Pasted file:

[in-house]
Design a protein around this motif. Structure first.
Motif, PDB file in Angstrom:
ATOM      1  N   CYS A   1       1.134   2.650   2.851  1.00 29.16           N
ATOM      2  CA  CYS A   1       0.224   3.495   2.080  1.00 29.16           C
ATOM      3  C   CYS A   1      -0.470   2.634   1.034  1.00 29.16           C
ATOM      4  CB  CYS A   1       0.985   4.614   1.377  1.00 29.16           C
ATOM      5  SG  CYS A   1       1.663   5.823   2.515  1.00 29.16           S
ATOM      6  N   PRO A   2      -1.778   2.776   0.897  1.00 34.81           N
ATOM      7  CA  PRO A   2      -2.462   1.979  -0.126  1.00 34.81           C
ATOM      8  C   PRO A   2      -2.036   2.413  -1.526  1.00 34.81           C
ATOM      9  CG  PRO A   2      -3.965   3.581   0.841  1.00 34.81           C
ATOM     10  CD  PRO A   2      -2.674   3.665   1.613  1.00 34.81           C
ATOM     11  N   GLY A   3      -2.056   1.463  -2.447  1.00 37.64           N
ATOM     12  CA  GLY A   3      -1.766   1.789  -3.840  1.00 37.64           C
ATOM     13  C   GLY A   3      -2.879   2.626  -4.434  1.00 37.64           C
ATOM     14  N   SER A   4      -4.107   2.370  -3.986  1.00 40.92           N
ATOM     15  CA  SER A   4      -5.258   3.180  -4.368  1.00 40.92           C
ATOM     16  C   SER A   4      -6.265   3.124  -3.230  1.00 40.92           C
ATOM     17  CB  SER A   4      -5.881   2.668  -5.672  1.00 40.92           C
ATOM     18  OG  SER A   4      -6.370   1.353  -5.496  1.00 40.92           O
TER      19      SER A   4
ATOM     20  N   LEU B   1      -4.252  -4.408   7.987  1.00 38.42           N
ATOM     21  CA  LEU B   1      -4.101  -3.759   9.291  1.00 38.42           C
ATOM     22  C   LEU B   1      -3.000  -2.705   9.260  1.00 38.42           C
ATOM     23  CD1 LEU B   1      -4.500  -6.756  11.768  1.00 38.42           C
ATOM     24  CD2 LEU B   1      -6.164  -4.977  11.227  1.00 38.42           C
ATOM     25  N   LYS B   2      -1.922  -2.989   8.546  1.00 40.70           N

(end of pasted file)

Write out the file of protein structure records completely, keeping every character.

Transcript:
[in-house]
Design a protein around this motif. Structure first.
Motif, PDB file in Angstrom:
ATOM      1  N   CYS A   1       1.134   2.650   2.851  1.00 29.16           N
ATOM      2  CA  CYS A   1       0.224   3.495   2.080  1.00 29.16           C
ATOM      3  C   CYS A   1      -0.470   2.634   1.034  1.00 29.16           C
ATOM      4  CB  CYS A   1       0.985   4.614   1.377  1.00 29.16           C
ATOM      5  SG  CYS A   1       1.663   5.823   2.515  1.00 29.16           S
ATOM      6  N   PRO A   2      -1.778   2.776   0.897  1.00 34.81           N
ATOM      7  CA  PRO A   2      -2.462   1.979  -0.126  1.00 34.81           C
ATOM      8  C   PRO A   2      -2.036   2.413  -1.526  1.00 34.81           C
ATOM      9  CG  PRO A   2      -3.965   3.581   0.841  1.00 34.81           C
ATOM     10  CD  PRO A   2      -2.674   3.665   1.613  1.00 34.81           C
ATOM     11  N   GLY A   3      -2.056   1.463  -2.447  1.00 37.64           N
ATOM     12  CA  GLY A   3      -1.766   1.789  -3.840  1.00 37.64           C
ATOM     13  C   GLY A   3      -2.879   2.626  -4.434  1.00 37.64           C
ATOM     14  N   SER A   4      -4.107   2.370  -3.986  1.00 40.92           N
ATOM     15  CA  SER A   4      -5.258   3.180  -4.368  1.00 40.92           C
ATOM     16  C   SER A   4      -6.265   3.124  -3.230  1.00 40.92           C
ATOM     17  CB  SER A   4      -5.881   2.668  -5.672  1.00 40.92           C
ATOM     18  OG  SER A   4      -6.370   1.353  -5.496  1.00 40.92           O
TER      19      SER A   4
ATOM     20  N   LEU B   1      -4.252  -4.408   7.987  1.00 38.42           N
ATOM     21  CA  LEU B   1      -4.101  -3.759   9.291  1.00 38.42           C
ATOM     22  C   LEU B   1      -3.000  -2.705   9.260  1.00 38.42           C
ATOM     23  CD1 LEU B   1      -4.500  -6.756  11.768  1.00 38.42           C
ATOM     24  CD2 LEU B   1      -6.164  -4.977  11.227  1.00 38.42           C
ATOM     25  N   LYS B   2      -1.922  -2.989   8.546  1.00 40.70           N